By SHERWIN DE VERA
Democracy is not something that popped out of thin air. The concept and practice of democracy evolved and continues to progress through social processes. While the development of the concept comes naturally with the advancement of human society, the contents and benefits of democracy are not readily available. The people can only claim the space for participation, criticism, and dissent it provides through organized assertion and ardent struggle.
The March 27 dialogue between the tobacco farmers led by Solidarity of Peasants Against Exploitation (Stop Exploitation) and the National Tobacco Administration (NTA) headed by Dr. Robert Seares in Dolores, Abra is a good example.
The negotiation was an offshoot of the letter forwarded by the organization to NTA and a picket at the agency’s Candon City Branch Office a few days before the meeting. The organization’s credibility and confidence to raise farmers’ issues in the region rests on its two decades of militant struggle for farmers’ rights and welfare. Stop Exploitation took on the task of educating, organizing, and mobilizing tobacco farmers since 1988. Its local and national campaigns brought into national attention the dismal state of tobacco farmers in contrast to the billions of profit of tobacco companies, and affluent lifestyle of Northern Luzon politicians.
Stop Exploitation’s contribution to the advancement of the tobacco industry and farmers’ welfare, compelled then NTA Administrator Edgardo Zaragosa to recognize the federation as an independent farmers’ representative in the National Tobacco Tripartite Conference (NTTC). Before the group’s participation to the NTTC, farmers’ representatives were composed of those under the contract farming program of the different tobacco companies and trading centers, or the NTA. The previous administration also allowed STOP Exploitation to visit trading centers during tobacco selling season to monitor farmers’ grievances.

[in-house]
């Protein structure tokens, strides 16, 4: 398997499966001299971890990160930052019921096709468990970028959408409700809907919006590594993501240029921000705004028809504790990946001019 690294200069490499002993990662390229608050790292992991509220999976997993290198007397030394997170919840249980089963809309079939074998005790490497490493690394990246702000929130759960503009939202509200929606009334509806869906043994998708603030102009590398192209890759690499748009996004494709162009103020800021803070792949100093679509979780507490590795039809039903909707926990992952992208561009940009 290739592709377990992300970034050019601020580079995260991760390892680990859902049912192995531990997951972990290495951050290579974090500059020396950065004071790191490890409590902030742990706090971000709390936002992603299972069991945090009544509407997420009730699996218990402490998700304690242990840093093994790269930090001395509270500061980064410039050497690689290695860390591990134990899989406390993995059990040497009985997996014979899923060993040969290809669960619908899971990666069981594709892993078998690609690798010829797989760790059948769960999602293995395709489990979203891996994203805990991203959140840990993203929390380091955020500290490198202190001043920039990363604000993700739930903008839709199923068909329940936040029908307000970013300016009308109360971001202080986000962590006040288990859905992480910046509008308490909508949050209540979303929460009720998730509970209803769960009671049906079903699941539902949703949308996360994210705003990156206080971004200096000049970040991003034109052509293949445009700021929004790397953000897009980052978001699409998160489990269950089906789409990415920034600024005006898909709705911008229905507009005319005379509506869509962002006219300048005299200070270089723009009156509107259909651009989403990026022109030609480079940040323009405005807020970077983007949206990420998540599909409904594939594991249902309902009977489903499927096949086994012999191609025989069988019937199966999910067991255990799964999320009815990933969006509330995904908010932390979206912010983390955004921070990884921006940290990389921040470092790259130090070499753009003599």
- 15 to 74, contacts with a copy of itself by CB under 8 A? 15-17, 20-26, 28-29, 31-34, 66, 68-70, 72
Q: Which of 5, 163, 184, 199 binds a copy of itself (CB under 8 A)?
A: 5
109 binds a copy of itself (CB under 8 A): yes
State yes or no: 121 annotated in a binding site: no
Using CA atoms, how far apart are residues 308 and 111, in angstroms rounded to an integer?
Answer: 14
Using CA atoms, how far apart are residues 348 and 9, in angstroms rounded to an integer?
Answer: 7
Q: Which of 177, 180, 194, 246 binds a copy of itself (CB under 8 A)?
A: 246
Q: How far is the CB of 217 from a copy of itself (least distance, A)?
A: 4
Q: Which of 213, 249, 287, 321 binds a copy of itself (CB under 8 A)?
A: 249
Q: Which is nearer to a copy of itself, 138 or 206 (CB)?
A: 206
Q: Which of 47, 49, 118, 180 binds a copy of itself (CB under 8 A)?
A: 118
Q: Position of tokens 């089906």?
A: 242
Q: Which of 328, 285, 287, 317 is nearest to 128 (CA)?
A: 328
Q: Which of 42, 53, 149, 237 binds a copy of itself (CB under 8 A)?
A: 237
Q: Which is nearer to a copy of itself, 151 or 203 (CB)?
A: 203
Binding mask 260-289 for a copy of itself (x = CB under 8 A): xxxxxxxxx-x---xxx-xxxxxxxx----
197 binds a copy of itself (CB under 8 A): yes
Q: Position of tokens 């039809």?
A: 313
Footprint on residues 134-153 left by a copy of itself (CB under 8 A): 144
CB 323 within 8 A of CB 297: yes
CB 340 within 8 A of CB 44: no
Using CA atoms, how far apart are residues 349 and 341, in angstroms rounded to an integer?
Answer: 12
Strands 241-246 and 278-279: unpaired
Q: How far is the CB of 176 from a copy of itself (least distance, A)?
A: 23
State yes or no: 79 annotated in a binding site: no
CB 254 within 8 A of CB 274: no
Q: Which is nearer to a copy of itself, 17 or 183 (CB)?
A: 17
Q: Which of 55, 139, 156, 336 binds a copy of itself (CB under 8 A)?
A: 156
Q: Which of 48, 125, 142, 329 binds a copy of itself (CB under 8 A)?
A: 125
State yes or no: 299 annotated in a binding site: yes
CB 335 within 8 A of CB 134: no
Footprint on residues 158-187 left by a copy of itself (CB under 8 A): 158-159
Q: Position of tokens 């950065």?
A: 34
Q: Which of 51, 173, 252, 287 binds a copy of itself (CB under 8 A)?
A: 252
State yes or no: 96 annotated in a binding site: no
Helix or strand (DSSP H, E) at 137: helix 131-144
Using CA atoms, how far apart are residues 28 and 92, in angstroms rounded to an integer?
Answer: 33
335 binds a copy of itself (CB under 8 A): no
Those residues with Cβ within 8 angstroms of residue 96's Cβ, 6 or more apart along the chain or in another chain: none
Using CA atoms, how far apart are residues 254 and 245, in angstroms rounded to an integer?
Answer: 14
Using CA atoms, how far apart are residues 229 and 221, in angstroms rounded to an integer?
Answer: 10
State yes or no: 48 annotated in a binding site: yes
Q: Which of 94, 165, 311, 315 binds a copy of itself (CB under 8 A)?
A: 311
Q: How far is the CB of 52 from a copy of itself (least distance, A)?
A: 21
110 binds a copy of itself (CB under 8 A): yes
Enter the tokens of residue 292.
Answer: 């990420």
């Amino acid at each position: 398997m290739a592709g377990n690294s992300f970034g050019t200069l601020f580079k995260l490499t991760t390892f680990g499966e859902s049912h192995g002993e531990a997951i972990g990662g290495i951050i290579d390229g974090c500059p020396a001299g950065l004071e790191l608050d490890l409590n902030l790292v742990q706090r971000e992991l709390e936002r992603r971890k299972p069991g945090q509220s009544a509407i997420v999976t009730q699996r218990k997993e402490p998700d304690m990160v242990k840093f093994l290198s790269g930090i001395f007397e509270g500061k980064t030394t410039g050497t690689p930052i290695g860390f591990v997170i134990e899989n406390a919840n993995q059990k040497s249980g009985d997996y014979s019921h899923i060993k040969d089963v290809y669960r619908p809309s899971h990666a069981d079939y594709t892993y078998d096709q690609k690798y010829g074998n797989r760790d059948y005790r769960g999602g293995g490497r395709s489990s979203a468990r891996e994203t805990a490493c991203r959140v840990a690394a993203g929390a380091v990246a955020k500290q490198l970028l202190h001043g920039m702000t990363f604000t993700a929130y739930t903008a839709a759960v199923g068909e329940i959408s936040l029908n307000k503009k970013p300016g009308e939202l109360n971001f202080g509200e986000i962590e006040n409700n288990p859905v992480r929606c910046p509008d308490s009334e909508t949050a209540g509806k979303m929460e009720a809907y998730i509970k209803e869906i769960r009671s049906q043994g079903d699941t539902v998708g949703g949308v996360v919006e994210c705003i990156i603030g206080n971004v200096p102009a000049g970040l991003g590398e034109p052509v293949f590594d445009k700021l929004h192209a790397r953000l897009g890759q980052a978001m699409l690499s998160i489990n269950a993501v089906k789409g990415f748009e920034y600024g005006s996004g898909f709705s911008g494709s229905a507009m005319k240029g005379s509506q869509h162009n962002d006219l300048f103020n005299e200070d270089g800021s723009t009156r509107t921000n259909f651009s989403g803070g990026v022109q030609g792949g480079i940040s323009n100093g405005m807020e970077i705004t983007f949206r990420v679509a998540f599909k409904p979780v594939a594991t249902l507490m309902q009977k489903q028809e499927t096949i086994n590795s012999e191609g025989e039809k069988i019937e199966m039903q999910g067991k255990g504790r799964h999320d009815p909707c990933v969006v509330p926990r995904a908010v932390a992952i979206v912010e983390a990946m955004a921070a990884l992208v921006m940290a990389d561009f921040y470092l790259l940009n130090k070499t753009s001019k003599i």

Stop Exploitation’s participation gave more credence and semblance of democracy to the NTTC, however, it did not diminish its bias for the private sector nor paved the way for the agency to progressively address the farmers’ concerns. What little semblance of democracy left in the NTTC processes may disappear with the new NTA leadership that gave an impression during the talks that they were not interested to continue the crucial participation of grassroot stakeholders, taking the agency many steps backward.
The agency’s failure to address production troubles of tobacco farmers likewise became more evident when one by one, farmers from different municipalities expressed their issues during the dialogue. Long-standing issues such as low price, onerous contracts, numerous grading levels, unfinished or non-functional projects, meager government support remained to be their top complaints.
As expected, the NTA officials gave the standard answers – that they will “look into” the complaints of farmers and “still have to talk about” their demands for better contract terms and sufficient government support. Besides these motherhood statements, evading the issue tactics, the agency leaders also played the “blame game”, throwing cheap shots at the farmers’ representatives. One member of the board in particular claimed that without the exploitative grading system, farmers will become lazy; and that farmers may intentionally burn their own curing barns and claim insurance in the name of a force majeure.
Honed by practice and years of exploitation, the leaders of Stop Exploitation stood their ground, answered all the questions thrown at them with facts, clear examples and narration of actual experiences. Realizing that they were facing veteran and well-informed peasant leaders, the NTA ended the dialogue without presenting any concrete plan of action to resolve the farmers’ concerns.
The entire proceeding highlighted that democracy, as practiced in our current society is nothing but token used to appease the people like the carrot and stick approach. It only proves how dysfunctional the current government bureaucracy is. The whole meeting only showcased once more that a change in leadership does not necessarily change the decadent system of governance and the oppressive state it represents. Democracy is earned and defended in a continuing struggle to rise above being oppressed and exploited by the few. # nordis.net